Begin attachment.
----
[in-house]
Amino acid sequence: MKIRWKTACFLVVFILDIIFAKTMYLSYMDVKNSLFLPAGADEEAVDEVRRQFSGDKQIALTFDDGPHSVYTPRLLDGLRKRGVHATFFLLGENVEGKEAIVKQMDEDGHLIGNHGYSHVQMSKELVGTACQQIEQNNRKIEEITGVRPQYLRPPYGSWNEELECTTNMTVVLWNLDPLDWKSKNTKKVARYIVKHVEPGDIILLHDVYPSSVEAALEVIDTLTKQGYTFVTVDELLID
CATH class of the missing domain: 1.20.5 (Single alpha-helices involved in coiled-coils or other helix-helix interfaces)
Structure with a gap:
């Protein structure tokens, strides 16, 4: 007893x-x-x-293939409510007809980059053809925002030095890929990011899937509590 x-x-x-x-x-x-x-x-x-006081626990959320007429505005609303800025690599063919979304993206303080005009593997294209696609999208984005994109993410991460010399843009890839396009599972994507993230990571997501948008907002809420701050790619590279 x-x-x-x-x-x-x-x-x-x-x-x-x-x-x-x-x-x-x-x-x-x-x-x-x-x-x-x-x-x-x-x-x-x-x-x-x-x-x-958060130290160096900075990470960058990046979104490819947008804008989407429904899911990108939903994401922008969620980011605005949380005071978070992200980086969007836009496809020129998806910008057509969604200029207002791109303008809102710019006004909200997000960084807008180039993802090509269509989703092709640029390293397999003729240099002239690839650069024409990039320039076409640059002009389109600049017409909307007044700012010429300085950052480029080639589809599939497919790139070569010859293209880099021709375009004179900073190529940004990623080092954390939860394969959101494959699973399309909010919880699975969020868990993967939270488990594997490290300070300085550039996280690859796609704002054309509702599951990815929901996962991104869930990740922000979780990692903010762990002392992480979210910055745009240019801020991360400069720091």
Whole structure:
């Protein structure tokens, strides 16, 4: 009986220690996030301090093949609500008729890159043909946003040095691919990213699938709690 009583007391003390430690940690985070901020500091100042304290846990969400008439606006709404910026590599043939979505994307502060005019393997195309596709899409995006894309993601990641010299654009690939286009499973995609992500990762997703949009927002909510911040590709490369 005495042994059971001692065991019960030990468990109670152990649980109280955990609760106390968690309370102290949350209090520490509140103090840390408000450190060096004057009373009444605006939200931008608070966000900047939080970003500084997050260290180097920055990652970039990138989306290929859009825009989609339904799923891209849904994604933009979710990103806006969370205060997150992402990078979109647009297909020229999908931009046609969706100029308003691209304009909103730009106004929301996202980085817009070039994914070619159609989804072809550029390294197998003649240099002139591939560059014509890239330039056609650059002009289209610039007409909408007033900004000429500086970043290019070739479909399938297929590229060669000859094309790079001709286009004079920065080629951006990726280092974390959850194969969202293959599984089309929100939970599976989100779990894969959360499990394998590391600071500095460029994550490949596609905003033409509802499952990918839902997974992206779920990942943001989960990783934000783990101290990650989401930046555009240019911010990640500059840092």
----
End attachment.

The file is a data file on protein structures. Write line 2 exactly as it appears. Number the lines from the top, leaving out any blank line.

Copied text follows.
Amino acid sequence: MKIRWKTACFLVVFILDIIFAKTMYLSYMDVKNSLFLPAGADEEAVDEVRRQFSGDKQIALTFDDGPHSVYTPRLLDGLRKRGVHATFFLLGENVEGKEAIVKQMDEDGHLIGNHGYSHVQMSKELVGTACQQIEQNNRKIEEITGVRPQYLRPPYGSWNEELECTTNMTVVLWNLDPLDWKSKNTKKVARYIVKHVEPGDIILLHDVYPSSVEAALEVIDTLTKQGYTFVTVDELLID